Burundian President Pierre Nkurunziza awoke Tuesday morning to vote in an election that, if he wins it, would give him an unprecedented third term as president. And, considering that every other major opposition party has boycotted the vote, it’s expected he will.For many Burundians, the cadence of gunfire and explosions ripping through the country’s capital the night before election day is the most immediate concern. It marks either a final thrust of election violence—or the beginning of another round of terrible ethnic and tribal violence. The New York Times:
On Tuesday morning, large crowds gathered in several Bujumbura neighborhoods hostile to the president, tearing up cobblestone streets, knocking down signs and setting tires ablaze to create roadblocks.In the Nyakabiga neighborhood, the site of many protests in the spring, residents awoke to find the body of a known opposition supporter in a ditch.Many other people were afraid to be seen as taking sides. Outside a polling place in Cibitoke, another neighborhood where there have been protests, Ndizeye Leonidas, 30, rubbed his ink-stained finger in the dirt. “I do not want others to know I voted,” he said.Looking around, seeing few other people casting ballots, he was not optimistic. “I am afraid there is going to be a civil war,” he said, before tucking his hand into his pocket and walking off.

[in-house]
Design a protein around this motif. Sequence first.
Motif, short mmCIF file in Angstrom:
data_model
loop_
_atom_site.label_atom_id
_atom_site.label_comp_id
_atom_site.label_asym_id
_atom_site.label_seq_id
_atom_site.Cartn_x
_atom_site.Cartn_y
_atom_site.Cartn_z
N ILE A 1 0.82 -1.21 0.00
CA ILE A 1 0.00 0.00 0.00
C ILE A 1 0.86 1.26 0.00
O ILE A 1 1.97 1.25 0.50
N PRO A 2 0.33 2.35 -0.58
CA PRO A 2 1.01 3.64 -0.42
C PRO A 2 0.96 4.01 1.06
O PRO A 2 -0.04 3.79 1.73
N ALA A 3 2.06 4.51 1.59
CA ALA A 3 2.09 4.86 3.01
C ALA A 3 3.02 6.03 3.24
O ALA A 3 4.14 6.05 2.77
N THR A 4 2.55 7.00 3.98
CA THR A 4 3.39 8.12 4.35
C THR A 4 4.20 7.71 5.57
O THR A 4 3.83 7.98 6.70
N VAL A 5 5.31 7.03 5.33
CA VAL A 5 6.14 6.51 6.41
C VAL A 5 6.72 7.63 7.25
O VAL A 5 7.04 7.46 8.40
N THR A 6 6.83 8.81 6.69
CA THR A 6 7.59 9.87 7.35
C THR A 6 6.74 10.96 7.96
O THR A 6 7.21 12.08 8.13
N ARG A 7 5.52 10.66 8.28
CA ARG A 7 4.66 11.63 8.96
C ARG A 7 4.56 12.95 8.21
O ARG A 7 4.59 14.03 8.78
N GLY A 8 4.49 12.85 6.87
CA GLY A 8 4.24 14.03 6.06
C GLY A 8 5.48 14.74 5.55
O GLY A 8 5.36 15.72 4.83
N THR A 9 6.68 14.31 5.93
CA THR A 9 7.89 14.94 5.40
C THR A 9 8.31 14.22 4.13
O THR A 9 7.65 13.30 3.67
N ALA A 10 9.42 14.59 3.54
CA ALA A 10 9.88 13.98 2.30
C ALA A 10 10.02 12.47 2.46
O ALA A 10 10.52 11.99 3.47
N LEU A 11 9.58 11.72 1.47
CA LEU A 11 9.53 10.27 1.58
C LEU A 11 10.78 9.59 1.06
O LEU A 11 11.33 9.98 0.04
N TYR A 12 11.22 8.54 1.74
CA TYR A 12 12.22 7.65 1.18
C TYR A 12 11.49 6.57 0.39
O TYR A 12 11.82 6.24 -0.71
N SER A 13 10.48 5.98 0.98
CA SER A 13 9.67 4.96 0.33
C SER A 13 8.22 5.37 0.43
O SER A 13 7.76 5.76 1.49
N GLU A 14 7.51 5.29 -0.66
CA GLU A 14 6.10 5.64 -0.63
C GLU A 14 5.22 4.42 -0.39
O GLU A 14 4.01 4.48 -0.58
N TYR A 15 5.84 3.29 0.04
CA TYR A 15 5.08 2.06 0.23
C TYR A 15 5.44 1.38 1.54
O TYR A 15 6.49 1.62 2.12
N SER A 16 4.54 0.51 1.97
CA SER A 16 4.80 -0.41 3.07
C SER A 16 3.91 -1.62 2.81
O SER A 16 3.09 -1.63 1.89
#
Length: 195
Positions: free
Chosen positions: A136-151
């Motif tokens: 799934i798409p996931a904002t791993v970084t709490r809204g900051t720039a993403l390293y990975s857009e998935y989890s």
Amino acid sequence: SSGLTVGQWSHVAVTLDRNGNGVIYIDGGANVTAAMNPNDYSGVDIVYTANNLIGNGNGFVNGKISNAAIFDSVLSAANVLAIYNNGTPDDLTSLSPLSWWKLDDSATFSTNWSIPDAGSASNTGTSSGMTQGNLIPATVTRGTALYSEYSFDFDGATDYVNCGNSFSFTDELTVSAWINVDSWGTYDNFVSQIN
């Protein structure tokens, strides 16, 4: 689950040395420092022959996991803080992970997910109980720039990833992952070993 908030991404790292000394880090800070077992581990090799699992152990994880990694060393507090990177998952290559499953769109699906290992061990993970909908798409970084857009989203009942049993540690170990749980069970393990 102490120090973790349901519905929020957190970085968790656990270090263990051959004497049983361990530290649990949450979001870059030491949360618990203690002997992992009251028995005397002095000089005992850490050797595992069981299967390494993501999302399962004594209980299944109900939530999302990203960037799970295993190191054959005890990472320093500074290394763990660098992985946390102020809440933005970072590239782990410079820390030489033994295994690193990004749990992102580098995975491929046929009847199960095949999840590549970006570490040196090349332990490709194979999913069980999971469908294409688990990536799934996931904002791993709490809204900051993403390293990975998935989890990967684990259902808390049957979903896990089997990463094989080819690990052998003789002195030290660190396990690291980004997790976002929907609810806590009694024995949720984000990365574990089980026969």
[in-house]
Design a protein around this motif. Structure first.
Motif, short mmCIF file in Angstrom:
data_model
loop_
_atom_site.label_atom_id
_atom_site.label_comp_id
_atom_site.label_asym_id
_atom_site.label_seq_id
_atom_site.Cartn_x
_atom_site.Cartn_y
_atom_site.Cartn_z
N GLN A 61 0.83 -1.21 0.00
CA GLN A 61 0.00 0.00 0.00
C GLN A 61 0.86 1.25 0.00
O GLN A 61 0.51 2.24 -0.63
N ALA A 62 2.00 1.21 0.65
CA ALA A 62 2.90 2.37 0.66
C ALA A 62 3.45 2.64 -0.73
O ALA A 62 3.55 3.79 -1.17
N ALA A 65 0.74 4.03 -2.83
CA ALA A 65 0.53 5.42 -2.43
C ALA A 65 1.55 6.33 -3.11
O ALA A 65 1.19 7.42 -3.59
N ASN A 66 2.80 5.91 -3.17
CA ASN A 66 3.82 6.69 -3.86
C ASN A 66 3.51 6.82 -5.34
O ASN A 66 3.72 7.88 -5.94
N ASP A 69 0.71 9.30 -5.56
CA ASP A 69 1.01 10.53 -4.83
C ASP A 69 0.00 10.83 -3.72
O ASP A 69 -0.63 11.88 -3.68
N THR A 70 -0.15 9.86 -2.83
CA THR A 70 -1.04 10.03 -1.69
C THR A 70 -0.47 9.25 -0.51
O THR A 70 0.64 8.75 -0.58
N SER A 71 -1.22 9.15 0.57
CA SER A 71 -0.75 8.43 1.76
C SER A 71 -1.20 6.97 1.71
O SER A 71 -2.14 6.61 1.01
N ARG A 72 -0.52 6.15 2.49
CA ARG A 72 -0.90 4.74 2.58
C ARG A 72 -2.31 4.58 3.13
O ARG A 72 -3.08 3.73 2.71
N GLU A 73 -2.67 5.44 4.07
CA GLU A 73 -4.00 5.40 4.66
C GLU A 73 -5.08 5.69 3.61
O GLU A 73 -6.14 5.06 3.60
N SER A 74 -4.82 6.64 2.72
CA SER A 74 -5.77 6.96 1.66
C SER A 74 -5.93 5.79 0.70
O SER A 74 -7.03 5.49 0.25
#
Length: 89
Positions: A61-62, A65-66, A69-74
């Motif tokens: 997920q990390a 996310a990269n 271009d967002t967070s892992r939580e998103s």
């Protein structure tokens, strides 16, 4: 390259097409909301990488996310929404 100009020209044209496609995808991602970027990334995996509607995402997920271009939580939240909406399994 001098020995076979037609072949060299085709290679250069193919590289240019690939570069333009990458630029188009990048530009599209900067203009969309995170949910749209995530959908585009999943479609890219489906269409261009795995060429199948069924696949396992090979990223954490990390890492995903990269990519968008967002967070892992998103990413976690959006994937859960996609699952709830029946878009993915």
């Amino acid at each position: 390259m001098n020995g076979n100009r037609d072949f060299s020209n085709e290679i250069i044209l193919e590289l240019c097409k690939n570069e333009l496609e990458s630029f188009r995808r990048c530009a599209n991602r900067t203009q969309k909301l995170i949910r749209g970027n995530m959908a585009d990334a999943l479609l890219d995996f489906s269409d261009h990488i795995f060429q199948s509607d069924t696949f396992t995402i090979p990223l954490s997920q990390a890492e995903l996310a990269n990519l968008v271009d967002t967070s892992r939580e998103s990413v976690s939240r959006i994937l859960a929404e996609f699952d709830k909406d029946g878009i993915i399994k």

The country’s last civil war ended just ten years ago and resulted in over 300,000 Burundian deaths, and Burundians seem to see trouble once again on the horizon. According to the story, Doctors Without Borders is reporting that as many 1,000 Burundians are fleeing into Tanzania each day. With Nkurunziza’s election all but assured, it remains to be seen if his gamble for a third term will pay off, or if he will have brought his country back to the brink of another deadly conflict.